The specific challenges faced by businesses in the Borders were examined in detail last Wednesday evening in Galashiels.
The Scottish Government’s Rural Economy and Connectivity Committee, led by convener Edward Mountain, Conservative MSP from the Highlands and Islands, visited the Scottish Borders campus in Netherdale to hear from locals.
The group is holding an inquiry into a Government bill which will create a new South of Scotland Enterprise Agency, and wanted to hear the specific needs of the Borders community.
Local business leaders and community group representatives packed out the lecture hall, and the committee were left in no doubt as to the challenges faced by businesses based in the rural south.
Issues which came up time and again were: the inability to keep talented youngsters in the Borders; the difficulties in attracting young people from other parts of the country to the region; poor transport links; an ageing and depleting population; and poor digital and physical connectivity.
Youth worker Mark Timmins aired one example of how difficult it is for young people to live and work locally: “The lack of transport is a massive issue.
“If you live in Hawick and get a job in Kelso, you have no chance of getting there in time with local transport.”
Another member of the public said the new agency should be based on the model of the much-admired Highlands and Islands Enterprise Agency.
He said: “We do, after all, have islands here ... Hawick, Kelso, Jedburgh. It just so happens that they are surrounded by land, not water. It can take you longer to get from Kelso to Galashiels than it does from Oban to Tobermory.”
The new agency would be funded to the tune of £40m, and it is hoped that it will be used to allow small businesses the chance to grow.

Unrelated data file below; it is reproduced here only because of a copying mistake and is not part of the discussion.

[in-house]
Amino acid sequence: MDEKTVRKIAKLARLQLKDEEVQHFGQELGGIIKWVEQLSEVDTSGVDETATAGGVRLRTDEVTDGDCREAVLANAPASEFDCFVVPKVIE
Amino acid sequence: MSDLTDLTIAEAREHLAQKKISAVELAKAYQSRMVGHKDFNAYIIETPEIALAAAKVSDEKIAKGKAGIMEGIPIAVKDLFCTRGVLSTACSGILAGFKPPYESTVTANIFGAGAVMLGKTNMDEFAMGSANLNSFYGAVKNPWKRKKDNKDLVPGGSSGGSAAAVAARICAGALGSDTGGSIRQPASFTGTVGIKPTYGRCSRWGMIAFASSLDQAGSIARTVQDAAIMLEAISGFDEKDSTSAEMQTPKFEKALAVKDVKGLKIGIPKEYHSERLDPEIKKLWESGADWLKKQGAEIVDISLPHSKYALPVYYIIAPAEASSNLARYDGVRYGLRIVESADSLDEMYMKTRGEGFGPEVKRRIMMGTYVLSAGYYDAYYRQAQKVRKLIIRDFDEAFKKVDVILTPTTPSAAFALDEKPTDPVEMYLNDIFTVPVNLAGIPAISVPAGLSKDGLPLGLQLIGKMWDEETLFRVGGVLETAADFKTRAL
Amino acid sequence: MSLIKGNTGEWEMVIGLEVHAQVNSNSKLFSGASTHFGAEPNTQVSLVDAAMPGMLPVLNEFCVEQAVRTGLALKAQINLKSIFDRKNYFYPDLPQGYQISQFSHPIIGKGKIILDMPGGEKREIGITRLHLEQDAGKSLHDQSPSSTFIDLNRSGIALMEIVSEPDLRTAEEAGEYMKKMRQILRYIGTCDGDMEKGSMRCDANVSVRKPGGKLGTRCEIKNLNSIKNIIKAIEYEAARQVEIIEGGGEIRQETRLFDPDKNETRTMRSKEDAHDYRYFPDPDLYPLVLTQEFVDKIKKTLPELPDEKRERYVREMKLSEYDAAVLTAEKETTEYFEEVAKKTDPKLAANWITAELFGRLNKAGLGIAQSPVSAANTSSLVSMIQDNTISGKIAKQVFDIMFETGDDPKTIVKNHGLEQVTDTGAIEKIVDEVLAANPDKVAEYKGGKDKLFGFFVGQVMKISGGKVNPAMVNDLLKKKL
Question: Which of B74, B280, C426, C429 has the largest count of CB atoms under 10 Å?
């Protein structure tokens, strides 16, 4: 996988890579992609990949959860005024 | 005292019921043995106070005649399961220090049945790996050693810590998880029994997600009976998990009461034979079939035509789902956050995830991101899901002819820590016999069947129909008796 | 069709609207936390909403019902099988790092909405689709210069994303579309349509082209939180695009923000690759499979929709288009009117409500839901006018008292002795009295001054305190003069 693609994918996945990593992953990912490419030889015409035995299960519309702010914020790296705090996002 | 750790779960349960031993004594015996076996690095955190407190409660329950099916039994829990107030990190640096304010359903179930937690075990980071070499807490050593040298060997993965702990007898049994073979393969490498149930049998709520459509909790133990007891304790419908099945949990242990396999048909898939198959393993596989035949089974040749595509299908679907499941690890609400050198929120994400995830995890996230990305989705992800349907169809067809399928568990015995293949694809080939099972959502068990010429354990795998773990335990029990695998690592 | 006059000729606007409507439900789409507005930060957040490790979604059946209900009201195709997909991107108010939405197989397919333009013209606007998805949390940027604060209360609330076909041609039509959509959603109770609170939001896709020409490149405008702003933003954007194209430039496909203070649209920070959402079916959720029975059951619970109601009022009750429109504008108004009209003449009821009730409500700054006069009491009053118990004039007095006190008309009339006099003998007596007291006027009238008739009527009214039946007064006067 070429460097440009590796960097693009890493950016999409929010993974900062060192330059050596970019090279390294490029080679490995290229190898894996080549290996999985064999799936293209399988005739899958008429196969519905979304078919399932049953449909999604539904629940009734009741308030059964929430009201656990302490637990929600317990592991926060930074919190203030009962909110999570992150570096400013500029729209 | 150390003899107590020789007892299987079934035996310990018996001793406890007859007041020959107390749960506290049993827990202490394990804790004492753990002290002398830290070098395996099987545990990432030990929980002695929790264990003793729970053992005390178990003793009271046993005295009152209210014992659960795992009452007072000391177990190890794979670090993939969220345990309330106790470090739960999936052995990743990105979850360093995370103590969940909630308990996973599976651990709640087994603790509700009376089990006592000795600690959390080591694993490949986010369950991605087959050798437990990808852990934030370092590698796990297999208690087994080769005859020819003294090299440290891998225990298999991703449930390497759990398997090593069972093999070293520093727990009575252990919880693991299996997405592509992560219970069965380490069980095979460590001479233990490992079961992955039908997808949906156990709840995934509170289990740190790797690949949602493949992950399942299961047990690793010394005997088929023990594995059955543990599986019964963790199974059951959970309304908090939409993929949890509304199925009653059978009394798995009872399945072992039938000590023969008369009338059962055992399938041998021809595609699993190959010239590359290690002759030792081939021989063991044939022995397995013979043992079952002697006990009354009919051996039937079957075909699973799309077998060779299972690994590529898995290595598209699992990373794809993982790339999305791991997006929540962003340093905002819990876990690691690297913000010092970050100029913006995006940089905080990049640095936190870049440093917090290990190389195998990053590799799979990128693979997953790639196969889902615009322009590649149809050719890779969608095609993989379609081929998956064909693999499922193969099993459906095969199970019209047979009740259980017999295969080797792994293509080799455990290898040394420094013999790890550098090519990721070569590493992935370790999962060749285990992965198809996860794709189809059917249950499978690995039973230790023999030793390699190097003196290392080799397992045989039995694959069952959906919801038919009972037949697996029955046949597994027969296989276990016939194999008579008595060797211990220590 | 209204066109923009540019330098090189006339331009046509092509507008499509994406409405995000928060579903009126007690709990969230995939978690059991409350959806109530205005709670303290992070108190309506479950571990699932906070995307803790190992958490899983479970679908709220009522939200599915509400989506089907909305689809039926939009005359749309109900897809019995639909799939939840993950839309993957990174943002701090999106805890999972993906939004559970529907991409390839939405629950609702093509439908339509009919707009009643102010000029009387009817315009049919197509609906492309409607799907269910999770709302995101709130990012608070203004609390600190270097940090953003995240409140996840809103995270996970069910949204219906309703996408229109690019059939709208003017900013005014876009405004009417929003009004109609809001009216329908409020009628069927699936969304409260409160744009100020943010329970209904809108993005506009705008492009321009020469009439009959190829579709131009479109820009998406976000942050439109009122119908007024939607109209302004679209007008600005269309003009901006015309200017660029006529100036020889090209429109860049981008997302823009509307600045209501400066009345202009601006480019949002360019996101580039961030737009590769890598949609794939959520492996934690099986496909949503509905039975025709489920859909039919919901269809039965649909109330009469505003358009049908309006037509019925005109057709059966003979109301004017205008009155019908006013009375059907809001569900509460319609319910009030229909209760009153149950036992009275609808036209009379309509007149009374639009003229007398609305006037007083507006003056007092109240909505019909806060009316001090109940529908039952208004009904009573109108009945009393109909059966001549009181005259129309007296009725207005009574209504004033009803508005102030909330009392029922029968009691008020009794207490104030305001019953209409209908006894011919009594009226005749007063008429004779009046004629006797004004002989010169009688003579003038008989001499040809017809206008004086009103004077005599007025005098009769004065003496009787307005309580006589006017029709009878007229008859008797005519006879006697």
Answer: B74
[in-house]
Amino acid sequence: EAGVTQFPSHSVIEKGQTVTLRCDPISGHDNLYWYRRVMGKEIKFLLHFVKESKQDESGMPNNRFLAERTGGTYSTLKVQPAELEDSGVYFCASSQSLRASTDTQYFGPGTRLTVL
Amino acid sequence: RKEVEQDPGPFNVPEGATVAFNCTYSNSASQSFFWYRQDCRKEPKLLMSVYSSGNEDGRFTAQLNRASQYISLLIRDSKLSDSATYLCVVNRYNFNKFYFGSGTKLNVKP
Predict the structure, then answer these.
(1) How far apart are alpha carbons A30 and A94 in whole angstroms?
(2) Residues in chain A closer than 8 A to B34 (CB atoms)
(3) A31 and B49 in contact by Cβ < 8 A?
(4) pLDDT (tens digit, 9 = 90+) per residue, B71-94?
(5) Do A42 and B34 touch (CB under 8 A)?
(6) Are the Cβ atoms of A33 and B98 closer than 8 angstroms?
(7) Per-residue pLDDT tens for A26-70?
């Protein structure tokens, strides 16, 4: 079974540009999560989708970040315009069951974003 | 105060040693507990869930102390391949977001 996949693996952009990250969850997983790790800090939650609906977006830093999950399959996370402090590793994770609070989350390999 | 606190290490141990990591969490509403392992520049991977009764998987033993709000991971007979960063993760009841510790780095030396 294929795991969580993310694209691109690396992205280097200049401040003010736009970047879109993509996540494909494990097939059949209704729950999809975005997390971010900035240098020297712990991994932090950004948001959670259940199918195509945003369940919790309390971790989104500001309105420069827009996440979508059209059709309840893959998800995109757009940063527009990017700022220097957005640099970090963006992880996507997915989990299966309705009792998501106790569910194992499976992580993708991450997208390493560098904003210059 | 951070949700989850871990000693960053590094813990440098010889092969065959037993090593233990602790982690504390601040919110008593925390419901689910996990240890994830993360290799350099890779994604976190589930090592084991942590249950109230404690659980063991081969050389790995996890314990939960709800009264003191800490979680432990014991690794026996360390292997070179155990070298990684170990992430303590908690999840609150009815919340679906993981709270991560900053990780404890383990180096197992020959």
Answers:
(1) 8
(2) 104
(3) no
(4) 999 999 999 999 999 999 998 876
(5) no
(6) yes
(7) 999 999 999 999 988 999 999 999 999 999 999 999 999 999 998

South of Scotland list Labour MSP Colin Smyth is a member of the Scottish Government’s Rural Economy and Connectivity Committee and he has pledged to put forward a series of amendments to the bill establishing the new agency to ensure a legal requirement for it to consult the local community and to put in place a mechanism by which the new agency to be held to account by local stakeholders.
Speaking after the meeting, he said, “It was vital for the committee to come to the south of Scotland to listen to local views as ultimately the most important people in this whole process are the residents of the south of Scotland.
“This needs to be their agency, not the government’s. The agency must be rooted in the south of Scotland. That means it needs to have processes in place for the local community to hold it to account and the membership of the board needs to reflect the views of the local communities. If that does not happen then the agency won’t find the local solutions to the local economic problems we face in the south.
“There was real opposition to the Government simply being able to hand pick the board and chairperson of the new agency without local input.”